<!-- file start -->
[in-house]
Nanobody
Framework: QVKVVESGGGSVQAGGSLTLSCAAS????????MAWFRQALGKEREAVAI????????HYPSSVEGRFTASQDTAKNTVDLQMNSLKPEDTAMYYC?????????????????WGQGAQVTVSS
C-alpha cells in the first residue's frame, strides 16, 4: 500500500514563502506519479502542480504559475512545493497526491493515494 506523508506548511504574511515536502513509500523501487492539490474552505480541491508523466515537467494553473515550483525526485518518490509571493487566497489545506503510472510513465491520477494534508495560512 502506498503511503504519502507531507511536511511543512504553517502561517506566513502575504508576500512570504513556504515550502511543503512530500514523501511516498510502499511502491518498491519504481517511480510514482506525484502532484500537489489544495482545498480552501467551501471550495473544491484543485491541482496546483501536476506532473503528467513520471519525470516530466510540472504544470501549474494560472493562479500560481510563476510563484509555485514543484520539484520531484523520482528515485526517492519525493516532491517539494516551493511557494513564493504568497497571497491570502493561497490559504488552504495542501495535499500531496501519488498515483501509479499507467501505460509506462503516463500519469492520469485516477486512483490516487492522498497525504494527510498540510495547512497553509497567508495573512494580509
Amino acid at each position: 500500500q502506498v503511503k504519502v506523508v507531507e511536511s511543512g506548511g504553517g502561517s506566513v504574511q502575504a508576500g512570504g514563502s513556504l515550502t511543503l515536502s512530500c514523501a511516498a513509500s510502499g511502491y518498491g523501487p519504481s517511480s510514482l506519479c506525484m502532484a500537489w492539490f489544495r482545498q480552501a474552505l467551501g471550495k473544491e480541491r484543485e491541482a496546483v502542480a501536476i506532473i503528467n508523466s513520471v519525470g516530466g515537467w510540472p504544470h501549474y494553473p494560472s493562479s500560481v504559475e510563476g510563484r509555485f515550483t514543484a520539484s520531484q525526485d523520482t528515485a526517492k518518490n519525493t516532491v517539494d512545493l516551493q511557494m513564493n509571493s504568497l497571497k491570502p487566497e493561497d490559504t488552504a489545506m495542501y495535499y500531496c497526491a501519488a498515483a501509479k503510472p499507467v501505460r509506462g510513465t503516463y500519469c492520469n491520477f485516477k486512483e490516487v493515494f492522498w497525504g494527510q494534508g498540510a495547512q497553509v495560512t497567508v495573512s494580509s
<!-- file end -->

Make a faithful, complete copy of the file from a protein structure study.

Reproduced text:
[in-house]
Nanobody
Framework: QVKVVESGGGSVQAGGSLTLSCAAS????????MAWFRQALGKEREAVAI????????HYPSSVEGRFTASQDTAKNTVDLQMNSLKPEDTAMYYC?????????????????WGQGAQVTVSS
C-alpha cells in the first residue's frame, strides 16, 4: 500500500514563502506519479502542480504559475512545493497526491493515494 506523508506548511504574511515536502513509500523501487492539490474552505480541491508523466515537467494553473515550483525526485518518490509571493487566497489545506503510472510513465491520477494534508495560512 502506498503511503504519502507531507511536511511543512504553517502561517506566513502575504508576500512570504513556504515550502511543503512530500514523501511516498510502499511502491518498491519504481517511480510514482506525484502532484500537489489544495482545498480552501467551501471550495473544491484543485491541482496546483501536476506532473503528467513520471519525470516530466510540472504544470501549474494560472493562479500560481510563476510563484509555485514543484520539484520531484523520482528515485526517492519525493516532491517539494516551493511557494513564493504568497497571497491570502493561497490559504488552504495542501495535499500531496501519488498515483501509479499507467501505460509506462503516463500519469492520469485516477486512483490516487492522498497525504494527510498540510495547512497553509497567508495573512494580509
Amino acid at each position: 500500500q502506498v503511503k504519502v506523508v507531507e511536511s511543512g506548511g504553517g502561517s506566513v504574511q502575504a508576500g512570504g514563502s513556504l515550502t511543503l515536502s512530500c514523501a511516498a513509500s510502499g511502491y518498491g523501487p519504481s517511480s510514482l506519479c506525484m502532484a500537489w492539490f489544495r482545498q480552501a474552505l467551501g471550495k473544491e480541491r484543485e491541482a496546483v502542480a501536476i506532473i503528467n508523466s513520471v519525470g516530466g515537467w510540472p504544470h501549474y494553473p494560472s493562479s500560481v504559475e510563476g510563484r509555485f515550483t514543484a520539484s520531484q525526485d523520482t528515485a526517492k518518490n519525493t516532491v517539494d512545493l516551493q511557494m513564493n509571493s504568497l497571497k491570502p487566497e493561497d490559504t488552504a489545506m495542501y495535499y500531496c497526491a501519488a498515483a501509479k503510472p499507467v501505460r509506462g510513465t503516463y500519469c492520469n491520477f485516477k486512483e490516487v493515494f492522498w497525504g494527510q494534508g498540510a495547512q497553509v495560512t497567508v495573512s494580509s